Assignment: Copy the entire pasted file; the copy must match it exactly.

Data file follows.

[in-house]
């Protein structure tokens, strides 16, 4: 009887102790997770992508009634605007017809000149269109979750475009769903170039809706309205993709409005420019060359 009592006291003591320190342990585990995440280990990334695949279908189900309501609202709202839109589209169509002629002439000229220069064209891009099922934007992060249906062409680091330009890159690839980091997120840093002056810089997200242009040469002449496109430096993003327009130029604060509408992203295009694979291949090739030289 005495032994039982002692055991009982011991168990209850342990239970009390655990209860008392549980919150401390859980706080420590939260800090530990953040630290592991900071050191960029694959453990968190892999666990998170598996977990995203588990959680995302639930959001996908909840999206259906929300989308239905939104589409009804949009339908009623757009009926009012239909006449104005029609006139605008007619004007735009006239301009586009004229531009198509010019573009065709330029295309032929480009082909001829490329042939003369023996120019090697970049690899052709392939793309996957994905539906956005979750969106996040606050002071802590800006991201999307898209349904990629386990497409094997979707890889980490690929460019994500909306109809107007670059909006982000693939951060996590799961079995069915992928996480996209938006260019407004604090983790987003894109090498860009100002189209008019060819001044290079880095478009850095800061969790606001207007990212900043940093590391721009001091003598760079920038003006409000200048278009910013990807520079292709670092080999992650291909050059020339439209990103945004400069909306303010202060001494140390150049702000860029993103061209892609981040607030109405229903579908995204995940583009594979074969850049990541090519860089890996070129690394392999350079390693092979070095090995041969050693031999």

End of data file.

[in-house]
């Protein structure tokens, strides 16, 4: 009887102790997770992508009634605007017809000149269109979750475009769903170039809706309205993709409005420019060359 009592006291003591320190342990585990995440280990990334695949279908189900309501609202709202839109589209169509002629002439000229220069064209891009099922934007992060249906062409680091330009890159690839980091997120840093002056810089997200242009040469002449496109430096993003327009130029604060509408992203295009694979291949090739030289 005495032994039982002692055991009982011991168990209850342990239970009390655990209860008392549980919150401390859980706080420590939260800090530990953040630290592991900071050191960029694959453990968190892999666990998170598996977990995203588990959680995302639930959001996908909840999206259906929300989308239905939104589409009804949009339908009623757009009926009012239909006449104005029609006139605008007619004007735009006239301009586009004229531009198509010019573009065709330029295309032929480009082909001829490329042939003369023996120019090697970049690899052709392939793309996957994905539906956005979750969106996040606050002071802590800006991201999307898209349904990629386990497409094997979707890889980490690929460019994500909306109809107007670059909006982000693939951060996590799961079995069915992928996480996209938006260019407004604090983790987003894109090498860009100002189209008019060819001044290079880095478009850095800061969790606001207007990212900043940093590391721009001091003598760079920038003006409000200048278009910013990807520079292709670092080999992650291909050059020339439209990103945004400069909306303010202060001494140390150049702000860029993103061209892609981040607030109405229903579908995204995940583009594979074969850049990541090519860089890996070129690394392999350079390693092979070095090995041969050693031999």